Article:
The world`s oldest fossilised vomit, believed to have come from a large marine reptile that lived 160 million years ago, has been discovered in a clay quarry in Peterborough by the University of Greenwich`s Professor Peter Doyle and Dr Jason Wood of the Open University.
The vomit contains the remains of dozens of belemnites – squid-like shellfish that lived in abundance in the seas around what is now Britain. The belemnites were eaten in great numbers by ichthyosaurs, large marine reptiles (
For several days last week, the protective ozone layer over Europe thinned considerably. Scientists monitoring ozone coverage using a rapid mapping technique based on data from the GOME (Global Ozone Monitoring Experiment) instrument aboard ESA`s ERS-2 satellite detected finger-like ozone thinning over Europe.
“From 28-30 January, we observed a pronounced `streamer event`,” explains DLR`s Thilo Erbertseder, “where streamers of tropical air pushing up from the equatorial regions spread over s
30 years of slowing Pacific circulation may have changed climate
A recent slowing in the circulation of Pacific Ocean waters could have raised Pacific sea surface temperatures. It may even mean that less carbon has reached the atmosphere from the ocean surface over the past two decades.
Across the Pacific, water circulates in two giant loops in the Northern and Southern Hemispheres. It flows from the subtropics to the tropics about at a depth of 100-400 metres, rises to the
Climate prediction just got trickier, according to two new studies appearing in the current issue of the journal Science. Analysis of more than two decades of satellite data shows that more sunlight entered the tropics and more heat escaped to space in the 1990s than a decade earlier. Moreover, current climate models fail to account for the new findings, suggesting that they may contain more uncertainty than previously thought.
For the earth’s climate to remain unchanged, the planet’s ener
Researchers from the University of Amsterdam have demonstrated that the climate in South Mexico changed following the collapse of the Maya empire. From preserved pollen grains the paleoecologists could deduce that the climate quickly became dryer.
The climate becoming dryer, explains the decrease in the population following the collapse of the Maya empire. The climate researchers have therefore helped to solve an archaeological mystery.
With the help of pollen grains, the paleoeco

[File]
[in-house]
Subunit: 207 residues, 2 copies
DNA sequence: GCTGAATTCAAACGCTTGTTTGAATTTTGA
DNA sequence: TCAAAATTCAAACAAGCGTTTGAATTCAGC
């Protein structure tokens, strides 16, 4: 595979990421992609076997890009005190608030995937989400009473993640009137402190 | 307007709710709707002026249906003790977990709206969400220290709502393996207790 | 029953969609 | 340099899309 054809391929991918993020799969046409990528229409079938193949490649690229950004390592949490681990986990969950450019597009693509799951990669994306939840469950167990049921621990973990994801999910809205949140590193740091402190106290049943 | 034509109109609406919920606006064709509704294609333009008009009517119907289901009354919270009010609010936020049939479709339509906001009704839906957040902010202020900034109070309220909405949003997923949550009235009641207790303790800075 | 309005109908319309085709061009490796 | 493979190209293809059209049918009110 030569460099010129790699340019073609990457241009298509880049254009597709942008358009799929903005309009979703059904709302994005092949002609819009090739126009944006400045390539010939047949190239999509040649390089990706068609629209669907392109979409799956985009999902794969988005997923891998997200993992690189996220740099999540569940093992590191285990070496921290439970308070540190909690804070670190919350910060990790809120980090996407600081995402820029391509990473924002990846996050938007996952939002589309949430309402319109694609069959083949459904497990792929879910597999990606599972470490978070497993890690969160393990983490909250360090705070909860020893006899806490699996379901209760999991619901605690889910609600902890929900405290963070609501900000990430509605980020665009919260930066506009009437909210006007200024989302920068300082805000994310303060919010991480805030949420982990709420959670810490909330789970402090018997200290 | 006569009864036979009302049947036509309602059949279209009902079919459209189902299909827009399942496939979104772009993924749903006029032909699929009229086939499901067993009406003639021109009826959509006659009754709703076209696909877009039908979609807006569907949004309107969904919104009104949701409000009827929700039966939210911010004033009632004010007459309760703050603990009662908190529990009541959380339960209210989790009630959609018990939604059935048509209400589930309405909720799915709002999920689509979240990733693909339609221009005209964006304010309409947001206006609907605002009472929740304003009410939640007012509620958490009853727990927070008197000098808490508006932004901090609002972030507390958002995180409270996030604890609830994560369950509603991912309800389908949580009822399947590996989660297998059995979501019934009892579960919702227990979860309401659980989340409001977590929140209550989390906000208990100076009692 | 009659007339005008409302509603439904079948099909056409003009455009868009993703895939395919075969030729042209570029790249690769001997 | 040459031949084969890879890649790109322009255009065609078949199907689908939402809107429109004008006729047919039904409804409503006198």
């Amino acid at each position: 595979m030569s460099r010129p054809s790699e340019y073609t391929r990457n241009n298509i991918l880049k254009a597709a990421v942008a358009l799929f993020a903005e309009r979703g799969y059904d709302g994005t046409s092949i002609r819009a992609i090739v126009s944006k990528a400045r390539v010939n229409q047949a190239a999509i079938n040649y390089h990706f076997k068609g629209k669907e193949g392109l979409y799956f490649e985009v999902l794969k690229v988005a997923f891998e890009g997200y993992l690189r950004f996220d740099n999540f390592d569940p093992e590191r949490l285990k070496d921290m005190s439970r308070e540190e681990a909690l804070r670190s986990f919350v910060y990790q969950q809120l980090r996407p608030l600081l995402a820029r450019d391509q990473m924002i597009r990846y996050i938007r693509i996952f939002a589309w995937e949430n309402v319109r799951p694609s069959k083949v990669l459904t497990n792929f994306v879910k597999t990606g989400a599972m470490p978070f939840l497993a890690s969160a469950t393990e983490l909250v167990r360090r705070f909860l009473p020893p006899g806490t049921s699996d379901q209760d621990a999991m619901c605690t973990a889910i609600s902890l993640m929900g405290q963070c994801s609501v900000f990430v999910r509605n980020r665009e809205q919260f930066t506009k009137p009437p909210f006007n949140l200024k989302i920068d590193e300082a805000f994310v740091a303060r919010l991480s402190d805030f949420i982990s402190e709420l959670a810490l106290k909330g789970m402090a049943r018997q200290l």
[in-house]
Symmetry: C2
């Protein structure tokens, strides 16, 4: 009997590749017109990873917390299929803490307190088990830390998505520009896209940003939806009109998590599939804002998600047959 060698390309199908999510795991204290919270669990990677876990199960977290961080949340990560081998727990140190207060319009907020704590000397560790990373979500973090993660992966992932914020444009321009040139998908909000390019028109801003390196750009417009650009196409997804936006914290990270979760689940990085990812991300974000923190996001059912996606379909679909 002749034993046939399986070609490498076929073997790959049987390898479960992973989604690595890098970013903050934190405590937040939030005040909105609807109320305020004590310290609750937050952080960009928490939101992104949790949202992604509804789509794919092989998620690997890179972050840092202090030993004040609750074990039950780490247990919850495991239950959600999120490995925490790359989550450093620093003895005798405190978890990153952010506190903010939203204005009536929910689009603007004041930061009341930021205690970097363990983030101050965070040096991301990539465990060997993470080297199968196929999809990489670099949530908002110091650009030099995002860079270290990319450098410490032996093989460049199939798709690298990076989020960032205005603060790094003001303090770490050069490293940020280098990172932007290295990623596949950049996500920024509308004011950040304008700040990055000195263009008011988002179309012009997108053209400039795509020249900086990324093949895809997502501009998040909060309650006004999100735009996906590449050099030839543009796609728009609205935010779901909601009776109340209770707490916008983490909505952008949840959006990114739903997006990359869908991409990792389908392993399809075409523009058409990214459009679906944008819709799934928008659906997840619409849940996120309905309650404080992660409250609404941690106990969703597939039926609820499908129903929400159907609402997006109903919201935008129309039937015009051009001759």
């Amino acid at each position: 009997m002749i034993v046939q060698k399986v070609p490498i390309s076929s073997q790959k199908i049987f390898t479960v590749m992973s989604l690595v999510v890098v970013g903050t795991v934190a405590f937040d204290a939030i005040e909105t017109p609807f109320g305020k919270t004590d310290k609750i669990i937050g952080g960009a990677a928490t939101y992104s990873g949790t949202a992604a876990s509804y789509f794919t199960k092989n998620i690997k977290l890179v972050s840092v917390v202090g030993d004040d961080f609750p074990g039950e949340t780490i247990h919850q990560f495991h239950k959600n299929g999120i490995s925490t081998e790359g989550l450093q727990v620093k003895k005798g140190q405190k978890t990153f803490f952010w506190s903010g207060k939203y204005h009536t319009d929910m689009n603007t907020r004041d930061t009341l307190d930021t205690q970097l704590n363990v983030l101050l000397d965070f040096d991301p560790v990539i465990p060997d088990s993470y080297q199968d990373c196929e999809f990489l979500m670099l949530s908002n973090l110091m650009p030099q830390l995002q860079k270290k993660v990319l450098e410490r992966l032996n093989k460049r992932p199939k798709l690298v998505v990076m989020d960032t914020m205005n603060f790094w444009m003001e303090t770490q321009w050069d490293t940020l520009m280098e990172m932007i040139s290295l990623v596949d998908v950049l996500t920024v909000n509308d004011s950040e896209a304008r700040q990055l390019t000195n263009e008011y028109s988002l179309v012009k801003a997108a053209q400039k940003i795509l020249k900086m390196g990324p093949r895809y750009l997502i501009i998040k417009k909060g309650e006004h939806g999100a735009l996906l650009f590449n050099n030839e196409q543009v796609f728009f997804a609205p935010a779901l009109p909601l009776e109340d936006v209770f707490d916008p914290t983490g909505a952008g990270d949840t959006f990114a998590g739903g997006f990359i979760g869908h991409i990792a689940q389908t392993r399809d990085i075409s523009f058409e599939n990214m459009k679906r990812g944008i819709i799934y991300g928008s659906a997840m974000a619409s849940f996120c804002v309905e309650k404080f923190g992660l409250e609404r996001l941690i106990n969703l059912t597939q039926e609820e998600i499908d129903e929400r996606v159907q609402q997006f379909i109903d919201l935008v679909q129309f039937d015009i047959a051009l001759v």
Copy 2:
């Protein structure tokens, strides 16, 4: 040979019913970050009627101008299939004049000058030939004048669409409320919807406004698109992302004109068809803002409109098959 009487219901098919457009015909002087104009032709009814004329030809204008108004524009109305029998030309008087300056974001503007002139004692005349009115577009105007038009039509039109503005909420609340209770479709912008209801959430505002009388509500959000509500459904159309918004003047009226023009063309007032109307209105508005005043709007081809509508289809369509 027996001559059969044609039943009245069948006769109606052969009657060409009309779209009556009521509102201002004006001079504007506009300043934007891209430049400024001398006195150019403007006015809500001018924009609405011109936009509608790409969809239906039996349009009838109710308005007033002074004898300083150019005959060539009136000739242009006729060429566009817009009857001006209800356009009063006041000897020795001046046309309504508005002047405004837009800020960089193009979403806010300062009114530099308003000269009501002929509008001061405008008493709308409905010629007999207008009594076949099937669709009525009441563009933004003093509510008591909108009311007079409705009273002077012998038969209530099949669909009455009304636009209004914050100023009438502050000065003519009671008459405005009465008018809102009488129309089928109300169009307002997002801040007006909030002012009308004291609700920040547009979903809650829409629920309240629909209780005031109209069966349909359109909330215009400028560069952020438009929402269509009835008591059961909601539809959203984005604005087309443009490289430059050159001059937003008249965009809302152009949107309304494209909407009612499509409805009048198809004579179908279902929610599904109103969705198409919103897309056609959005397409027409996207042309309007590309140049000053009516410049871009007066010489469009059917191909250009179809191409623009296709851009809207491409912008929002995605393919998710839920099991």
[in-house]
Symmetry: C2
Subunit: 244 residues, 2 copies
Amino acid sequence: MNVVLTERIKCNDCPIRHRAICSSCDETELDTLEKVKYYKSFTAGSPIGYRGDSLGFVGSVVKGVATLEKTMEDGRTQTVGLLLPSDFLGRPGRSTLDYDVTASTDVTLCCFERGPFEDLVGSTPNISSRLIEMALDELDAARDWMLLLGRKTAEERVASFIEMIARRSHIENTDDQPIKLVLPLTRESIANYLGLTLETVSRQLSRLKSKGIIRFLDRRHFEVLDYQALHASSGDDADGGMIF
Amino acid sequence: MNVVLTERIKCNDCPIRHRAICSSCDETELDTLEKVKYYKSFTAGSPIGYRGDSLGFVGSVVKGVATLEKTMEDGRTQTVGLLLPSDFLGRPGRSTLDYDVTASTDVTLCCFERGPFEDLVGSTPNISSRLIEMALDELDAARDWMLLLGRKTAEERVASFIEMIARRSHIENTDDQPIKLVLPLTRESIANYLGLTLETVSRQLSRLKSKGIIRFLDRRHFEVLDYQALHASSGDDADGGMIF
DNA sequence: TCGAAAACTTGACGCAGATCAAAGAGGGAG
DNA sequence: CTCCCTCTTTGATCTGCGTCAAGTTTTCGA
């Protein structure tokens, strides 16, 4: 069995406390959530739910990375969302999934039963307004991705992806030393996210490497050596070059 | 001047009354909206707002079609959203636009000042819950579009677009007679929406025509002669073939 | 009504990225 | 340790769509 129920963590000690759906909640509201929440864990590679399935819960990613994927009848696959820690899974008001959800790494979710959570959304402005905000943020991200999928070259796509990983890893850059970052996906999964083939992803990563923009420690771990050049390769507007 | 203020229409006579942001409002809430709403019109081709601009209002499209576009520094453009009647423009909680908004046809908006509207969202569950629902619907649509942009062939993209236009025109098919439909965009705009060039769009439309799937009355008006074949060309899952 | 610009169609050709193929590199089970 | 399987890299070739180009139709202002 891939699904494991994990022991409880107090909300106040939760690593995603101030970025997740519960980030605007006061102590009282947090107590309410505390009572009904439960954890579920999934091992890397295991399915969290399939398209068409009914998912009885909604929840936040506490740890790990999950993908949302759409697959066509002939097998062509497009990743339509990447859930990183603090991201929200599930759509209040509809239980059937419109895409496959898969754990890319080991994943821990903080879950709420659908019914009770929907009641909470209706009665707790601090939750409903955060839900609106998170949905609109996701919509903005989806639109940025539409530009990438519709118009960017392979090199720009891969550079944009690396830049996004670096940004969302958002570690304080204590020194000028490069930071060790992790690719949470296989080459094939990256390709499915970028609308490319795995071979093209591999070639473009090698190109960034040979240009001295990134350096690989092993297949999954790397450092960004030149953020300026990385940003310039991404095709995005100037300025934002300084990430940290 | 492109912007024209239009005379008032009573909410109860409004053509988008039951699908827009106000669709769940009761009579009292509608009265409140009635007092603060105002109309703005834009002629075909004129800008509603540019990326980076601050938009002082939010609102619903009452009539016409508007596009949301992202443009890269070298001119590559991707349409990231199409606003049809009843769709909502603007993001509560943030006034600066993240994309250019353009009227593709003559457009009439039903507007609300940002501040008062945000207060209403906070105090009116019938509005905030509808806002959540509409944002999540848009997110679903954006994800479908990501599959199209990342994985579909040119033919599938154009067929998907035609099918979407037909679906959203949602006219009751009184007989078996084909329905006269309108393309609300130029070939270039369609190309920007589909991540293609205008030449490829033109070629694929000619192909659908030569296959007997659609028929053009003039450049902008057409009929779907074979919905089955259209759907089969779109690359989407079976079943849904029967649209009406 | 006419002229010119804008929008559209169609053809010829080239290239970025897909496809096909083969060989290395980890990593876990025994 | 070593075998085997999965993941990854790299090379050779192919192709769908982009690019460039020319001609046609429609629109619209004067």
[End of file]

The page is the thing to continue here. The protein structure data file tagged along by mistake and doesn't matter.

Irelands huge hexagonal columns are a natural consequence of lava cooling.
The Giants Causeway is not the work of men or monsters, but a natural consequence of how lava cools and solidifies, new computer simulations suggest.
The causeway is a field of roughly hexagonal basalt columns up to 40 feet high on the shores of County Antrim in Northern Ireland. It arose when a flow of volcanic rock split into hexagonal columns to relieve stress, according to Eduardo Jagla
The delicate balance of life and death in Africa is nowhere more evident than on the banks of the continent`s mighty rivers. Rural communities depend on the rich silt brought down by rivers for farming but they are also at risk of devastating floods, as are urban dwellers in informal settlements that are often built on floodplains.
Dr Sue Marriott, reader in earth sciences at UWE`s Faculty of the Built Environment, is setting off this month to help with training environmental managers in fl
Results from a 20-year study reveal dramatic ecological changes to lakes in Antarctica caused by a 1°C temperature increase. The findings, reported this week in SCIENCE, are yet more evidence of extreme changes in the Antarctic Peninsula region. This area has experienced some of the most rapid warming of anywhere on Earth in the past 50 years (2.5°C). The study lakes, on Signy Island, lie some 700 km north-east of the Antarctic Peninsula.
Scientists from the Cambridge-based British Antarctic Surv
Scientists received several days warning of abnormal seismic activity.
Two seismological stations on Mount Nyiragongo in eastern Congo gave several days advance warning of the volcanos possible eruption, scientists working in the area say.
But the lack of a functioning government in the war-torn region may have prevented the evacuation of the nearby city of Goma, where 45 were confirmed dead and an existing humanitarian crisis was worsened by the eruption.
One of the really big challenges in anthropology is to date accurately the arrival of humans in the different continents. New results, to be published in a forthcoming issue of the Journal of Quaternary Science, show that humans arrived in Australia a lot earlier than was previously thought.
It is generally argued that humans evolved in Africa and then spread out over the other continents progressively through time, arriving in the most distant, such as Australasia, relatively recently. The